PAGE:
Written by Jerry Engler Wednesday, 31 October 2007 02:20Marion residents suggested their city’s future could develop as an “end retirement spot” for baby boomers looking for a nice place to live.
About 70 residents gathered Monday night, Oct. 29, to share ideas for economic development that could be sponsored by the city.
Participants pictured condominiums and patio homes as part of the development picture for living in a small town that is easy to get around in and has a low crime rate.
The participants seemed to agree that the thrust of the city’s development is toward Marion County Lake with eventual annexation of that area. Some suggested that the city’s “valley” vicinity has the potential to provide starter homes for younger people.
Roger Schwab, chairman of the Marion Planning Commission, presided over the meeting. The purpose was to draw ideas from the public on the directions they would like to see the city move in securing a future.
The retirement-spot idea was preceded by a discussion about keeping Marion’s young people in the community for their careers. It was pointed out that becoming a retirement-spot for seniors would provide many service jobs for younger people.
Schwab acknowledged a need for more types of housing. When it comes to senior citizens, he said Marion needs both more assisted living and more housing for seniors with higher incomes. One participant said her mother had to move to Derby because Marion only had homes designed for lower-income residents.
Schwab also suggested a need for Marion to expand to include more land because persons who want to build more expensive homes usually don’t want to locate them in older neighborhoods.
Participants discussed whether the city should build new streets for developers or whether the developers should pay that expense themselves. Some suggested the city should only be expected to maintain streets after they are built.
Roger Hannaford III confirmed from a developer’s perspective that getting a return on invested money even after six or seven years is difficult. He and others said that if the city wants developers to invest money, it should find ways to give them financial breaks.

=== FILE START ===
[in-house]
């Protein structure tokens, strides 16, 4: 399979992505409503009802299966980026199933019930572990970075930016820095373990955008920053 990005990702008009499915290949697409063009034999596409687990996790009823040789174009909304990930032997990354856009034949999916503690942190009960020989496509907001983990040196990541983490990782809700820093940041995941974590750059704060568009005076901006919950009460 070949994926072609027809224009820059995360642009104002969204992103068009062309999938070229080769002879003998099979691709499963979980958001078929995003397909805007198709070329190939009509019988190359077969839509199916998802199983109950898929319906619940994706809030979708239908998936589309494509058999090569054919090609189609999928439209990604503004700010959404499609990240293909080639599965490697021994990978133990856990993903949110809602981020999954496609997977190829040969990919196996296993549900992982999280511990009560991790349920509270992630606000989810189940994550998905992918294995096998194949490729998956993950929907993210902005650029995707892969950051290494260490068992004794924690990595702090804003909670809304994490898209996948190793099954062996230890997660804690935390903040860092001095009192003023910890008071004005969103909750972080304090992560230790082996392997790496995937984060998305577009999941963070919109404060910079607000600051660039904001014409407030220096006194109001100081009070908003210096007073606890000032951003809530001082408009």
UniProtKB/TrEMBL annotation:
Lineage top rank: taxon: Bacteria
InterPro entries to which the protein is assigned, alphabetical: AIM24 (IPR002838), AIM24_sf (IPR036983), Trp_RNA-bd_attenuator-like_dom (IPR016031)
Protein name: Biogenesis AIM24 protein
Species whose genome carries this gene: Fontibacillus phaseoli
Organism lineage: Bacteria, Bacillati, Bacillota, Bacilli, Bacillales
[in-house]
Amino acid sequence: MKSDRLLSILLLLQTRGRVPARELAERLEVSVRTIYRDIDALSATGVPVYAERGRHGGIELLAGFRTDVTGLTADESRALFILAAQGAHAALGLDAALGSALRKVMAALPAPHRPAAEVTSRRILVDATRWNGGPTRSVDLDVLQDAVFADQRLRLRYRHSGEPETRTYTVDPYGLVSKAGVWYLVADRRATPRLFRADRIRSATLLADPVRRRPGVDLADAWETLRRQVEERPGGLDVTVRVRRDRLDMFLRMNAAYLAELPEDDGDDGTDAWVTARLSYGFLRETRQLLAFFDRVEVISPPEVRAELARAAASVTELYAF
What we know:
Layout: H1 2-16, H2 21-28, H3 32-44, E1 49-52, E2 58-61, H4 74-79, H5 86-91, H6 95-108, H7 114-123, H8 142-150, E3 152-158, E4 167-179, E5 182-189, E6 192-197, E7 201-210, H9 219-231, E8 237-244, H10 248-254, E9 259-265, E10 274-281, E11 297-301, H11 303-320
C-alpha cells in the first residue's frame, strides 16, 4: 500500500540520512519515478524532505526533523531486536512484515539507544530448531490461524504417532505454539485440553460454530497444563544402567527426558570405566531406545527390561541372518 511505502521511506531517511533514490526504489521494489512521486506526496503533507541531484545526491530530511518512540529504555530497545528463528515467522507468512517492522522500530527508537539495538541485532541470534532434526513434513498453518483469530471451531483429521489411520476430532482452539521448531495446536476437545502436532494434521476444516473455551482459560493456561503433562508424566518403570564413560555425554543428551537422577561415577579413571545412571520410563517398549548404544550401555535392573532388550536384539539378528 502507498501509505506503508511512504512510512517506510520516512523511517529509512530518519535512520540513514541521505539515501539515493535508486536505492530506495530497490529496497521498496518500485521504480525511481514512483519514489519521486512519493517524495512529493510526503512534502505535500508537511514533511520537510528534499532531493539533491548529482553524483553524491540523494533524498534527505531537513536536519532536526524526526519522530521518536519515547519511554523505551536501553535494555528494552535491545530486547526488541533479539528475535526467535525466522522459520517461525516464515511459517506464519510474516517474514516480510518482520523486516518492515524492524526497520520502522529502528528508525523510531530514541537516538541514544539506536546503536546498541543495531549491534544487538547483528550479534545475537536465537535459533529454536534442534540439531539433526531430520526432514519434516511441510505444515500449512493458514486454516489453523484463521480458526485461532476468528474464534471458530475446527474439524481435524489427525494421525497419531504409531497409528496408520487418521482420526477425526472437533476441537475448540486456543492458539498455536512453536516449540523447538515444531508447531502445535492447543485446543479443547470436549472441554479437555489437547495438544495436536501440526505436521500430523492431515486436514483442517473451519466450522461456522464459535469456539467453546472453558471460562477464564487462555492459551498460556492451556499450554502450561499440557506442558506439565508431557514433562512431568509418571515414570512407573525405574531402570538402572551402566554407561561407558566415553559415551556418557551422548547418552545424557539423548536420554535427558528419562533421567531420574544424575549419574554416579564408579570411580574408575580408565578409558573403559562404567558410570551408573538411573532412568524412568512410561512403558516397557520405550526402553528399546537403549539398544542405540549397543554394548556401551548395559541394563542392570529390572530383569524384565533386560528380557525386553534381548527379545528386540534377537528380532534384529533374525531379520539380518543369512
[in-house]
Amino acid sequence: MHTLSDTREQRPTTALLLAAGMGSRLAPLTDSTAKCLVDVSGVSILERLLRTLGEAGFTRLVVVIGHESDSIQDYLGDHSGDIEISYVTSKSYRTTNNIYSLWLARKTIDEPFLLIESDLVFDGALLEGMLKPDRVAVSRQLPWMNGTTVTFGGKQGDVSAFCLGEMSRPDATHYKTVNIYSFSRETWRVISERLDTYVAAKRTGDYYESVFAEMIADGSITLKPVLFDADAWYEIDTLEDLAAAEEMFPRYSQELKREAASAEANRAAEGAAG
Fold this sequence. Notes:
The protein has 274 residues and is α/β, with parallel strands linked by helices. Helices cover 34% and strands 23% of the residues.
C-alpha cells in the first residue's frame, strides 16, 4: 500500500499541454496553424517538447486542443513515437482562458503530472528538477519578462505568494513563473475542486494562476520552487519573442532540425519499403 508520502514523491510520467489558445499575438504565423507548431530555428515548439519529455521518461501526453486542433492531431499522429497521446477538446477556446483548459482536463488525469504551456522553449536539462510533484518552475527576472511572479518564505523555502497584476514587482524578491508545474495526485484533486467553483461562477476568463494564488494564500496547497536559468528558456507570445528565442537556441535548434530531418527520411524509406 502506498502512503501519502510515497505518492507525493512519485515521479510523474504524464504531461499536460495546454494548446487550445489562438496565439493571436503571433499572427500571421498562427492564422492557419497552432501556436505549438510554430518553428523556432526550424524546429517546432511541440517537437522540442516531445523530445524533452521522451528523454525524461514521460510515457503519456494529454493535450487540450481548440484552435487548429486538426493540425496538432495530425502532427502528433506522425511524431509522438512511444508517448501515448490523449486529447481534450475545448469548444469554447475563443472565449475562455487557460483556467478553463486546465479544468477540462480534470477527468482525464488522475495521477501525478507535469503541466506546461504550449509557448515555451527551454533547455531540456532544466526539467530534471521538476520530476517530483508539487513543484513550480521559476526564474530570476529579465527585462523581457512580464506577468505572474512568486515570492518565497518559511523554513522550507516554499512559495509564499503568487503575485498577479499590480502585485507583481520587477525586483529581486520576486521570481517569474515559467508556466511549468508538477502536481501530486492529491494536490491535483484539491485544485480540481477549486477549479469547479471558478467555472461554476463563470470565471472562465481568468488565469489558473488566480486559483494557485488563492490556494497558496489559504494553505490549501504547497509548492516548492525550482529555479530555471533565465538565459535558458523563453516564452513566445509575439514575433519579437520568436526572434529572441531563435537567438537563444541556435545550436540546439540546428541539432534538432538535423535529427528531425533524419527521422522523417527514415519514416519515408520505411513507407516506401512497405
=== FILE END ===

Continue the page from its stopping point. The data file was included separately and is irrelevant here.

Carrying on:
Mayor Mary Olson said the city already is working on securing grant money to upgrade street and needs residents to return the required income surveys issued for that purpose.
Without the surveys, she said, Marion could miss out on more than $400,000 in grant money.
Olson added that city workers are taking the time to call on residents who received the surveys. She asked that if residents care about the future of their streets, they should return the completed surveys in a timely manor.
Former Mayor Max Hayen said that in some counties, the county pays half the cost of new street development with in cities.
Dan Crumrine suggested amending uses allowed in Marion’s two industrial parks along U.S. Highway 56 so that more retailers could line the highway to bring revenue into the community.
“We need more restaurants, more food choices here,” he said. “We need motels out there.”
Harry Bennett suggested striking a deal with the county to allow developments with homes on much smaller plots of land in the city’s zone of influence going toward Marion County Lake. He said property owners in that direction should be surveyed to see if they are willing to sell land for development.
Bob Brookens said the tradition over the past 20 years has been for the city not to annex land unless the owners request it. He said the city and the county could cooperate on anything “if they both really want to.”